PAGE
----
Self-Regulation Snap Shot #6: A Focus on Young Adults

Publication Date: April 4, 2018
Self-Regulation Snap Shot #6: A Focus on Young Adults Cover

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  • Published: 2018


Adult caregivers such as parents, teachers, coaches, and other mentors play a critical role in shaping and supporting self-regulation development from birth through young adulthood through an interactive process called “co-regulation.”


This is one of six snapshots focused on different age groups based on a series of reports on Self-Regulation and Toxic Stress prepared for the Administration for Children and Families (ACF). This snapshot summarized key concepts about self-regulation development and intervention for high-school aged youth. It is designed to be a helpful resource for practitioners and educators interested in promoting self-regulation for this high-school age group. Visit the Toxic Stress and Self-Regulation Reports page for more information.


Self-regulation skills developing in young adults:

  • Goal setting and commitment
  • Maintaining orientation toward the future
  • Planning and organizing time and tasks to achieve goals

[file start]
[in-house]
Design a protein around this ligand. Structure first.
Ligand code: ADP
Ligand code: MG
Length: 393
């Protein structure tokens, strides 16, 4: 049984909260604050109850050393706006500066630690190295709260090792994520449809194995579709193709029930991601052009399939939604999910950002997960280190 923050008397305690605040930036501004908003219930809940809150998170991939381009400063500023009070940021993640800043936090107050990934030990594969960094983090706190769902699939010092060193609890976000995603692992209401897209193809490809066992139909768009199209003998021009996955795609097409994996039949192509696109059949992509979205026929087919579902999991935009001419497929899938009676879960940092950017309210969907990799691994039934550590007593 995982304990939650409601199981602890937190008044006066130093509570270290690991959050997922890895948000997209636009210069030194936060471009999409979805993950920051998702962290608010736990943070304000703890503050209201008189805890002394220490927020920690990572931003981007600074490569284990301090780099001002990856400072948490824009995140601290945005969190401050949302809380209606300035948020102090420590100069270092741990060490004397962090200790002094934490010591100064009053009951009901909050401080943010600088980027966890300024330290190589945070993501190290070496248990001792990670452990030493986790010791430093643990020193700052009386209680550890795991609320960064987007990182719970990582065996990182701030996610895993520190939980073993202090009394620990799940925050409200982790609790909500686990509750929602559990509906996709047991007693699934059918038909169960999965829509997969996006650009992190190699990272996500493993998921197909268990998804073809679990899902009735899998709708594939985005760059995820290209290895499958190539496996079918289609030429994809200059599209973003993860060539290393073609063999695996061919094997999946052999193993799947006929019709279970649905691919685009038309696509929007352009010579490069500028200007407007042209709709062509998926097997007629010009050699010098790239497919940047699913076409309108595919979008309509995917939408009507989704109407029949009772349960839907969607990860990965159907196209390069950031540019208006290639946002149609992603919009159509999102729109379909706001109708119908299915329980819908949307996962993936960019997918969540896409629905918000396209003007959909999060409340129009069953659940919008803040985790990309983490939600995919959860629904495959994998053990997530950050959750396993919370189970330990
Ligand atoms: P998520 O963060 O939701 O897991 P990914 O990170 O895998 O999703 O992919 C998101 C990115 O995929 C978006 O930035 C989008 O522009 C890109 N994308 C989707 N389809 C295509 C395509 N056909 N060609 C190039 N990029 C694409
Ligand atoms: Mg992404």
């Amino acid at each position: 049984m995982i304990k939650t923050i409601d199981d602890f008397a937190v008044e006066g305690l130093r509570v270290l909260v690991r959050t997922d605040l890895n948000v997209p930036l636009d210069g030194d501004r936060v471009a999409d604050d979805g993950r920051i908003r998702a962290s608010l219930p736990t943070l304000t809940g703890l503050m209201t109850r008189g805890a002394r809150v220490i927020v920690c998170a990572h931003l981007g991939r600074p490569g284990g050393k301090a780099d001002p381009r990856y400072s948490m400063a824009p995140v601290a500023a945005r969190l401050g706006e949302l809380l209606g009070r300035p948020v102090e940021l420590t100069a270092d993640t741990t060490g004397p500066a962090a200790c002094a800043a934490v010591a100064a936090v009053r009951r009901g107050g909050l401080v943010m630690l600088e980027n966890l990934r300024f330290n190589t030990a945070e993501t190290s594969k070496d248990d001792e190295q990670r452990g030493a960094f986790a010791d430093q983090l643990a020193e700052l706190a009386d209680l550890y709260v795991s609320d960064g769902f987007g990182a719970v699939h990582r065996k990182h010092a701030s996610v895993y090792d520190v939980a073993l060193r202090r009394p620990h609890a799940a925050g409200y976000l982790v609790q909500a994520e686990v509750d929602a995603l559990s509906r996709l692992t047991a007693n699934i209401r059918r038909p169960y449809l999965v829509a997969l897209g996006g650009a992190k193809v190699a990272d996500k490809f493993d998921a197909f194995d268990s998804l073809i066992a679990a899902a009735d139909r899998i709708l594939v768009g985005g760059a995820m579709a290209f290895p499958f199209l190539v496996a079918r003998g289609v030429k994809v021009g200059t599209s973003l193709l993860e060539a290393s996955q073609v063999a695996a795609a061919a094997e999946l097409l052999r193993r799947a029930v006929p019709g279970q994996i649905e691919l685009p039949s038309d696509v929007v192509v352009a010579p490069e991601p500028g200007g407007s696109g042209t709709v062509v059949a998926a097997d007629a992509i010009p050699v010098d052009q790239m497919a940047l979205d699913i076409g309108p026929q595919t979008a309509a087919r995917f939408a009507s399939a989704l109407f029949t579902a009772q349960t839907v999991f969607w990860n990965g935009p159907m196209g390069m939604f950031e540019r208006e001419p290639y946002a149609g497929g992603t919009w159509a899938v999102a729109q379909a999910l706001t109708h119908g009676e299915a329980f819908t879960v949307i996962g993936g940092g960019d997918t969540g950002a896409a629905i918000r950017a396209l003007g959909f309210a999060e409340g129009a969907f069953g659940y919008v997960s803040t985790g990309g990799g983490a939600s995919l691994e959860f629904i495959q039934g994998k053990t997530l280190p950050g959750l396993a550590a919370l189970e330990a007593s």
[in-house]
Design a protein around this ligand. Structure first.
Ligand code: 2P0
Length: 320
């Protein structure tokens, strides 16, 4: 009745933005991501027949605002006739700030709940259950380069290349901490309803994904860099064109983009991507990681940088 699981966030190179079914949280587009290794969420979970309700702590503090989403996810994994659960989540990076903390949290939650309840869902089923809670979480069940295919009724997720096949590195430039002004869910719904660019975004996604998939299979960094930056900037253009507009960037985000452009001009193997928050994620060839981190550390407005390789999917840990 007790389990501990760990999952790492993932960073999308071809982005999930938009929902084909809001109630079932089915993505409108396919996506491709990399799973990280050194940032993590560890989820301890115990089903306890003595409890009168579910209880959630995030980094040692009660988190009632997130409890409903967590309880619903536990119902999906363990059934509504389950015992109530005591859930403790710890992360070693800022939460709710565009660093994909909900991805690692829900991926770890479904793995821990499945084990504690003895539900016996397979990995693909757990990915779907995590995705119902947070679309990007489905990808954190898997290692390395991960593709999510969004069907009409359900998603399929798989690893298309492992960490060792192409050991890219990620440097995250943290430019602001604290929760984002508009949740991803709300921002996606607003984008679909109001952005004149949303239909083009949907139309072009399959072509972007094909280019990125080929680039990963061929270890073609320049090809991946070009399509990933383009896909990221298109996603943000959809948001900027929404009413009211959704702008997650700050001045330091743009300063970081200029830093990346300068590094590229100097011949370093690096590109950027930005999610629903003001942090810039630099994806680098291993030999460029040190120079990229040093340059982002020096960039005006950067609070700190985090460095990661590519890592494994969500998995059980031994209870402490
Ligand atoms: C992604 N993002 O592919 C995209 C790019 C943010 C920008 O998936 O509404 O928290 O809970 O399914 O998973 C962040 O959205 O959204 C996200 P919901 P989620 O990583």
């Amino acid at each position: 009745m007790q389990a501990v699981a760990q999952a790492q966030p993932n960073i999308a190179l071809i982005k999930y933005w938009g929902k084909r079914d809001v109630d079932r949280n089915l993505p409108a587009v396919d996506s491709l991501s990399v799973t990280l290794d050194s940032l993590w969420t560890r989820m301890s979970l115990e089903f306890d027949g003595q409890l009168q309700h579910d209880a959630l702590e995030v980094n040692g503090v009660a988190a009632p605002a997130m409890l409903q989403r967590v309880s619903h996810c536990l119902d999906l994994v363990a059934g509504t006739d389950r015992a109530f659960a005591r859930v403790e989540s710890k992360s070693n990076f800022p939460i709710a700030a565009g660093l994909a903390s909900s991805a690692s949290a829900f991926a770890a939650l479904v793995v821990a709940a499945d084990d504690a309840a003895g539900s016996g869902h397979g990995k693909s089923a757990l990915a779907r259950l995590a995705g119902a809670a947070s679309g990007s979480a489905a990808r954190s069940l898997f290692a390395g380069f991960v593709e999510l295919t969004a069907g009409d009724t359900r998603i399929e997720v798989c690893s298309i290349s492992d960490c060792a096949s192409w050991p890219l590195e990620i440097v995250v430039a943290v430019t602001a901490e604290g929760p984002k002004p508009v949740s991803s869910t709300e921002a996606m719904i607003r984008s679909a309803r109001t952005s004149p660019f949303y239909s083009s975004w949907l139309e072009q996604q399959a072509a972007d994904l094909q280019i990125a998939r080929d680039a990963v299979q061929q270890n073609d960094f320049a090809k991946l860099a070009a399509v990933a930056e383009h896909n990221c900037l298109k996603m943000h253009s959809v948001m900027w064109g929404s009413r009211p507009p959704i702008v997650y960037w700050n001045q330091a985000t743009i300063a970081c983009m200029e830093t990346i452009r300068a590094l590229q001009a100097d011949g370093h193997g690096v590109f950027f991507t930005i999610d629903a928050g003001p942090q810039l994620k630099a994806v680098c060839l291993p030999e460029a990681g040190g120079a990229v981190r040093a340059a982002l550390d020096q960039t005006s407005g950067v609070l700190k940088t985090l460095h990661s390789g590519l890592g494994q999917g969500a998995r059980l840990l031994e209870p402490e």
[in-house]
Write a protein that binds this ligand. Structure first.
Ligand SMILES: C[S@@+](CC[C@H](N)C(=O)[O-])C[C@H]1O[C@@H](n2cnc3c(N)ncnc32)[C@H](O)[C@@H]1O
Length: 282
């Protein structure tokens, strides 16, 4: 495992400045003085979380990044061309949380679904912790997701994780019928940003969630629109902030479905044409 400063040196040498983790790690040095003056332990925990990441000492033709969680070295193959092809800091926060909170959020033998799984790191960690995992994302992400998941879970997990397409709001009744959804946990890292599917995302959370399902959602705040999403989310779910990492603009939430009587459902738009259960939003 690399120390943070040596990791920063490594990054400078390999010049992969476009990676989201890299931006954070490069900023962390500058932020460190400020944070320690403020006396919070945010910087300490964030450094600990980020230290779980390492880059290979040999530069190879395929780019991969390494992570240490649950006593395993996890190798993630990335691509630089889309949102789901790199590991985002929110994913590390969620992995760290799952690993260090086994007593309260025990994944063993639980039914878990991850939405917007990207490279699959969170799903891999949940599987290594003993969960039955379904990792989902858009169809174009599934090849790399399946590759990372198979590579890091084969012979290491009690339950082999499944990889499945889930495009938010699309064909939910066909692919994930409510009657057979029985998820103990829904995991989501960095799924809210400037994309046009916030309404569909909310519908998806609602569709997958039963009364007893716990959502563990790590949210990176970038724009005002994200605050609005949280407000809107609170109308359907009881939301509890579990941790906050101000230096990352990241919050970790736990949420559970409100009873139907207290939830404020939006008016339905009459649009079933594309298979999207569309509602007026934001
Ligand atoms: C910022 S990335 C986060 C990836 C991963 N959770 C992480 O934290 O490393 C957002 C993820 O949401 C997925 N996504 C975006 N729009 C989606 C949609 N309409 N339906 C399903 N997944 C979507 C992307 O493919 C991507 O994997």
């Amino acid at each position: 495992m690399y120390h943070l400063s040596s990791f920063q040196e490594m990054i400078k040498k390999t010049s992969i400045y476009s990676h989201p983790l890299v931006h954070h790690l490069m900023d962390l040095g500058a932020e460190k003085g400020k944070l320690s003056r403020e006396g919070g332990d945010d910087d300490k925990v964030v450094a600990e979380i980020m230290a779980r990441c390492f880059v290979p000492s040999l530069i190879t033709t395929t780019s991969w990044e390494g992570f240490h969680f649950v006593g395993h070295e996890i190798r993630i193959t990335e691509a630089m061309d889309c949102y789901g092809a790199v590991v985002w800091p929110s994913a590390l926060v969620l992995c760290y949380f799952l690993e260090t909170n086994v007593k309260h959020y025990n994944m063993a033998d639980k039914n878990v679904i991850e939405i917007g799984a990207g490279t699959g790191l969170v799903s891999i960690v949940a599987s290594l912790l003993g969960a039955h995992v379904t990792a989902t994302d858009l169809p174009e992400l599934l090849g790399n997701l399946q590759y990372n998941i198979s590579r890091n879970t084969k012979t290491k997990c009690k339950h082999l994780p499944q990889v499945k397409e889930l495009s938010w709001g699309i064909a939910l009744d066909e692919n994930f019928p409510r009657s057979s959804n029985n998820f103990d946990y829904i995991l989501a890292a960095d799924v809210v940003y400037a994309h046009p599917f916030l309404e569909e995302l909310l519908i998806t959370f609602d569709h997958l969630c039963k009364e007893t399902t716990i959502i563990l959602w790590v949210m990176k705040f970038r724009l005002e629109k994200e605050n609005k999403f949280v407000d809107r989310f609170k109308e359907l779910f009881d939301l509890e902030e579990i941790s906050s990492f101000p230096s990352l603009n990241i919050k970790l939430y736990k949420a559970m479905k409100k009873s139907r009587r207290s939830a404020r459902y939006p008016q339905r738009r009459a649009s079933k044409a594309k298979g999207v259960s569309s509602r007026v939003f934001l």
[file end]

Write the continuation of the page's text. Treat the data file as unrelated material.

• Self-monitoring and self-reinforcement in pursuit of goals
  • Effective decision-making in the context of strong emotion and peer influence
  • Complex problem-solving considering consequences and others’ perspectives
  • Recognizing and accepting emotions
  • Tolerating distress
  • Using healthy coping strategies to manage stress
  • Using empathy and concern for others to guide goals and decisions

Key considerations for promoting self-regulation in young adults:

  • Communicate the relevance of self-regulation for employment success and self-sufficiency
  • Teach specific self-regulation skills in youth development, healthy relationships, and employment programs
  • Involve partners and peers in supporting youth’s self-regulation
  • Identify ways to support the self-regulation capacity of youth program staff including mentors and job coaches.


Murray, D.W. and Rosanbalm, K. (2017). Self-Regulation Snap Shot #6: A Focus on Young Adults. OPRE Report #2018-15, Washington, DC: Office of Planning, Research and Evaluation, Administration for Children and Families, U.S. Department of Health and Human Services.


The act of managing thoughts and feelings to enable goal-directed actions.
The supportive process between caring adults and children, youth, or young adults that fosters self-regulation development.
Current as of: